Glacier FarmMedia COVID-19 & the Farm

Klassen: Lower U.S. calf crop spurs buying interest

(Photo courtesy Canada Beef Inc.)

Compared to last week, western Canadian yearling markets traded steady to $2 higher; calves in the range of 550-800 lbs. were up $2-$4; and calves under 550 lbs. surged $4-$8 on average. Certain auction barns reported that grassers traded $8-$12 above week-ago levels. Colder temperatures caused some sellers to delay sales; however, there was no shortage of buying enthusiasm.

Demand appeared to evolve during the week. Certain buyers sat on their hands from Monday through Wednesday but were overwhelmed with business on Thursday and Friday. There were a couple surprises on the U.S. Department of Agriculture’s cattle inventory report. USDA made a downward revision to the 2019 calf crop and the 2020 calf crop was smaller than anticipated. Certain feedlot operators started off Monday with an aggressive attitude to secure ownership. A domino effect occurred and by Friday, all major buyers were active. Finishing feedlots didn’t hesitate to pay a small premium on feeders with a full health program. Cattle moving through the ring with unknown backgrounds reflected a slight discount to average values in some cases. The key last week was to have the calves exposed to a small grain ration with vaccinations. During extreme cold temperatures, this is one way to lower risk; the invisible hand understands value.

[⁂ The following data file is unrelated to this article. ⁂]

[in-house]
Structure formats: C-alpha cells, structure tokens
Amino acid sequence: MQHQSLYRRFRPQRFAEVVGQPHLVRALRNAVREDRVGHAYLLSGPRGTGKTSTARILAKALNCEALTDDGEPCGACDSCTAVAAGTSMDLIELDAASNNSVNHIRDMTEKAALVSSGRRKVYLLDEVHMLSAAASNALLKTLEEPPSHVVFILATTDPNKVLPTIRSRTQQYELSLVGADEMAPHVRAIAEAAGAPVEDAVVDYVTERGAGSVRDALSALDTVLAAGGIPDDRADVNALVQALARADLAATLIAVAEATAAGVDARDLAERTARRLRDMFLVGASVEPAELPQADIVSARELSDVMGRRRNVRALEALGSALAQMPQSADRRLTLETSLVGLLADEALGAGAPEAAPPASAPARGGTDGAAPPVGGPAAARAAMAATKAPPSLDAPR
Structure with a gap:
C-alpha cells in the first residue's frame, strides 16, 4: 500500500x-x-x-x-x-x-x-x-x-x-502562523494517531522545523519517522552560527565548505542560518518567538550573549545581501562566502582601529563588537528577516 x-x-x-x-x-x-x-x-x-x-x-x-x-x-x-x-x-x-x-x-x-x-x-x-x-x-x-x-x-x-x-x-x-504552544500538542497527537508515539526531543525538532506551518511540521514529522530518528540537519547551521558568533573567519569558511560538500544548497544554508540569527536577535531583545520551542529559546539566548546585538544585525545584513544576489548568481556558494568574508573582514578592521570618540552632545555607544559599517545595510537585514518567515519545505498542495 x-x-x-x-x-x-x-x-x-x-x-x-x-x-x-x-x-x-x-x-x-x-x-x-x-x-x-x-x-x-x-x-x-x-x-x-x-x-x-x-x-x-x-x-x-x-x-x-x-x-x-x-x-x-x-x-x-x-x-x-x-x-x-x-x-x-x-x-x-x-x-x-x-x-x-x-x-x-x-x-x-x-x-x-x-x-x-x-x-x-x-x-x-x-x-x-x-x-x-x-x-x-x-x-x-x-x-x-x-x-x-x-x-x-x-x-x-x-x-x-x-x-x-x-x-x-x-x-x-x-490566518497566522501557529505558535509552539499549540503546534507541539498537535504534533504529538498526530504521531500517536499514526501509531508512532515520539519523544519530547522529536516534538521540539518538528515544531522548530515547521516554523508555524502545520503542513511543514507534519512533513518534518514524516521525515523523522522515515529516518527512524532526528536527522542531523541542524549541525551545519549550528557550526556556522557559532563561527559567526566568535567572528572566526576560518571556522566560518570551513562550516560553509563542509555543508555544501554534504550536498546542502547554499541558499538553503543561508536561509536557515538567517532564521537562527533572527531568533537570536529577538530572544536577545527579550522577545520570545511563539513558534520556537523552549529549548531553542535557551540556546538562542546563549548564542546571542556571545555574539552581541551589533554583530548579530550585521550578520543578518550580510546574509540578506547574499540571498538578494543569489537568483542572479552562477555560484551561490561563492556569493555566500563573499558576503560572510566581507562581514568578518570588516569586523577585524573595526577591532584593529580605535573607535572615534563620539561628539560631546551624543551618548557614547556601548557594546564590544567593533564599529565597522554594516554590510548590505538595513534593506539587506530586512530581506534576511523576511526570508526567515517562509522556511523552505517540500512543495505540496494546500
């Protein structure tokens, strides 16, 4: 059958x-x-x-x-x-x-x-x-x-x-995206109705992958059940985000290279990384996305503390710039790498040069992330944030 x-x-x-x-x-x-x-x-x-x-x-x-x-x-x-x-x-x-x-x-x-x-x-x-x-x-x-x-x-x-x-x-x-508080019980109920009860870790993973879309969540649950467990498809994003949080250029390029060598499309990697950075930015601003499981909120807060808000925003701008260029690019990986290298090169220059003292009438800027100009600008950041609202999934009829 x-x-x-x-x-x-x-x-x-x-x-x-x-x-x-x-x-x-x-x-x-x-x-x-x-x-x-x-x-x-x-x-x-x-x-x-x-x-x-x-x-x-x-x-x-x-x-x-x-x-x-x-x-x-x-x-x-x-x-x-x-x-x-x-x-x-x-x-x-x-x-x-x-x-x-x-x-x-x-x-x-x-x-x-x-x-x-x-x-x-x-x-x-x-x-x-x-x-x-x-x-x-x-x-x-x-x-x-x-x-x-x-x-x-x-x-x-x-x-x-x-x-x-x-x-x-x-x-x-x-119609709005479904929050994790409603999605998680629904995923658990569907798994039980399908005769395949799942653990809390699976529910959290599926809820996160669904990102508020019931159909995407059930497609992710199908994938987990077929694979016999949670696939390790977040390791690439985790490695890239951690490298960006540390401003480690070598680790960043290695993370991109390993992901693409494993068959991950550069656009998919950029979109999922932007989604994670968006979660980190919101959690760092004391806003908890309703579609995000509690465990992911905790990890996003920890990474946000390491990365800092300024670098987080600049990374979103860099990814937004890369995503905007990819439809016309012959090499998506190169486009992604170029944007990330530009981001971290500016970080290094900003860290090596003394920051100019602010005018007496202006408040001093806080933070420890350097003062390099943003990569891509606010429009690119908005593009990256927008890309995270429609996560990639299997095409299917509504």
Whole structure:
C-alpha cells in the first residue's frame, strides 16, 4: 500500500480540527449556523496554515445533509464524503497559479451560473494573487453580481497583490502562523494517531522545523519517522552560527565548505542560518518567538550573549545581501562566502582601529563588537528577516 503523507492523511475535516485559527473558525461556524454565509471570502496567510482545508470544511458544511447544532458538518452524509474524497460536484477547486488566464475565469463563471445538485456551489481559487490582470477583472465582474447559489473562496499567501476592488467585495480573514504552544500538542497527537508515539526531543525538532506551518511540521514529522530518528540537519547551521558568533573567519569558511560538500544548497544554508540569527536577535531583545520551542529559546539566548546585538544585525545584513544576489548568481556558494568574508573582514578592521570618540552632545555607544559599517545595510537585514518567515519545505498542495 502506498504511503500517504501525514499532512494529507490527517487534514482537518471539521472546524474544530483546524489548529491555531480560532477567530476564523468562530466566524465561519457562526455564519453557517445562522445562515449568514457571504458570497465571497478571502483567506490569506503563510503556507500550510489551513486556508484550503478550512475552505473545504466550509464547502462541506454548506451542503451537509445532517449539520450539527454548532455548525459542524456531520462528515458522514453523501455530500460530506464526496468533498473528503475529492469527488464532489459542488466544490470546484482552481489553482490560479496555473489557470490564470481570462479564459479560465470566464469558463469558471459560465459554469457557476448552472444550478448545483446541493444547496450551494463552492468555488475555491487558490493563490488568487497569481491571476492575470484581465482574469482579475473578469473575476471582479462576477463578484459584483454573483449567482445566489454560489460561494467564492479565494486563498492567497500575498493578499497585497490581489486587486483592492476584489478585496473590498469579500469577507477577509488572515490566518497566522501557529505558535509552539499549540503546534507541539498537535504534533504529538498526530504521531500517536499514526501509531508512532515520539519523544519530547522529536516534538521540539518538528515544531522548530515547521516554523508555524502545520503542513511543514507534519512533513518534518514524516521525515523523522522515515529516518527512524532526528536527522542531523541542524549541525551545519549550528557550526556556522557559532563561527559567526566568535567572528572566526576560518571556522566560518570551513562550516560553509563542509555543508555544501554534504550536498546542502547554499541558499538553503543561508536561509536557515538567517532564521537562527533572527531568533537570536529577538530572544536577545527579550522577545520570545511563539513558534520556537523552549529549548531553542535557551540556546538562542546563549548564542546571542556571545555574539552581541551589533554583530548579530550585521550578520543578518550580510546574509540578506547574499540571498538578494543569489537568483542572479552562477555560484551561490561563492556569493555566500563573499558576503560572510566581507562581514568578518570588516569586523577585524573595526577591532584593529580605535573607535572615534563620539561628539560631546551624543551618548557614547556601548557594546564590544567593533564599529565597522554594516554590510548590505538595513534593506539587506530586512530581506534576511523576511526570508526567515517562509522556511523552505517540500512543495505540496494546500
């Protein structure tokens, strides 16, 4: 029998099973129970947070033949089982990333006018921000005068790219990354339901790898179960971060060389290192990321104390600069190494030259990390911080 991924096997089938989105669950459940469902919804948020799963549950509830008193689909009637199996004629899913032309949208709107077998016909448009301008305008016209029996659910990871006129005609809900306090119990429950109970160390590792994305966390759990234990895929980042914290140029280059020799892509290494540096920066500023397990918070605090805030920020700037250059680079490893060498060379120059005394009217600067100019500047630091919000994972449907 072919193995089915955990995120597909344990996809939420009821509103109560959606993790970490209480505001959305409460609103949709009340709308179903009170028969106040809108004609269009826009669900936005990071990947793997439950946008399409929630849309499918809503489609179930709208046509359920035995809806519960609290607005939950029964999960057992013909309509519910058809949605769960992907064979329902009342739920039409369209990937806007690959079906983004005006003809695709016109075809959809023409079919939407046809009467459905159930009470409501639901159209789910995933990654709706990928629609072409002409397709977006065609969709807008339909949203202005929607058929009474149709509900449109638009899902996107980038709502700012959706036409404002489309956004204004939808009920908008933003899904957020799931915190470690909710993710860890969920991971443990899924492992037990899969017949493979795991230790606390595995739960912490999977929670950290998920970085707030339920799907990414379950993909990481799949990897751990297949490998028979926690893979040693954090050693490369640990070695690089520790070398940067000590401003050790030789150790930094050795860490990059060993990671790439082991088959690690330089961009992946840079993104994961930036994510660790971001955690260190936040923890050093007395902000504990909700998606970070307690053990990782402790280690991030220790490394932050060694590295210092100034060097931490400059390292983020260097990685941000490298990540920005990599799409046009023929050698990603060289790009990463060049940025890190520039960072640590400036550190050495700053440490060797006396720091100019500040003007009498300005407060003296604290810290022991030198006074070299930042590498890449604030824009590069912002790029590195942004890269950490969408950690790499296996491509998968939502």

In central Alberta, larger-frame fully weaned lighter-flesh red mixed steers on light grain ration with full health program weighing just under 900 lbs. reached up to $181; similar-quality and -shape heifers weighing 850 lbs. were valued at $169. In southern Alberta, medium- to larger-frame Angus-blended steers weighing 935 lbs. were quoted at $179 and a small group of Charolais mixed steers averaging 800 lbs. were reported at $188.

In eastern Saskatchewan, larger-frame black steers with medium flesh levels weighing 775 lbs. traded for $191 and medium- to larger-frame buttery Angus-blended heifers weighing 770 lbs. were quoted at $167. There was a larger variation in prices on cattle weighing 550-700 lbs. East of Edmonton, tan semi-weaned steers weighing 600 lbs. with full vaccination history reached up to $228 but north of Red Deer, mixed steers on full health program averaging 640 lbs. were quoted at $210.

In southern Alberta, Simmental-based vaccinated semi-weaned steers weighing 535 lbs. were quoted at $242 and similar-quality 525-lb. heifers were reported at $205. In central Alberta, exotic steers weighing just under 500 lbs. dropped the gavel at $254 and in central Saskatchewan, red mixed steers weighing 660 lbs. were quoted at $213.

When markets are adjusting to fresh fundamentals, it’s not uncommon to see a wider range within the same weight category. April 2022 live cattle futures closed Friday at $126; there is a fresh fundamental range developing for fed cattle during the first quarter of 2022.

— Jerry Klassen manages the Canadian office of Swiss-based grain trader GAP SA Grains and Produits Ltd. and is president and founder of Resilient Capital, specializing in proprietary commodity futures trading and market analysis. Jerry consults with feedlots on risk management and writes a weekly cattle market commentary. He can be reached at 204-504-8339 or via his website at

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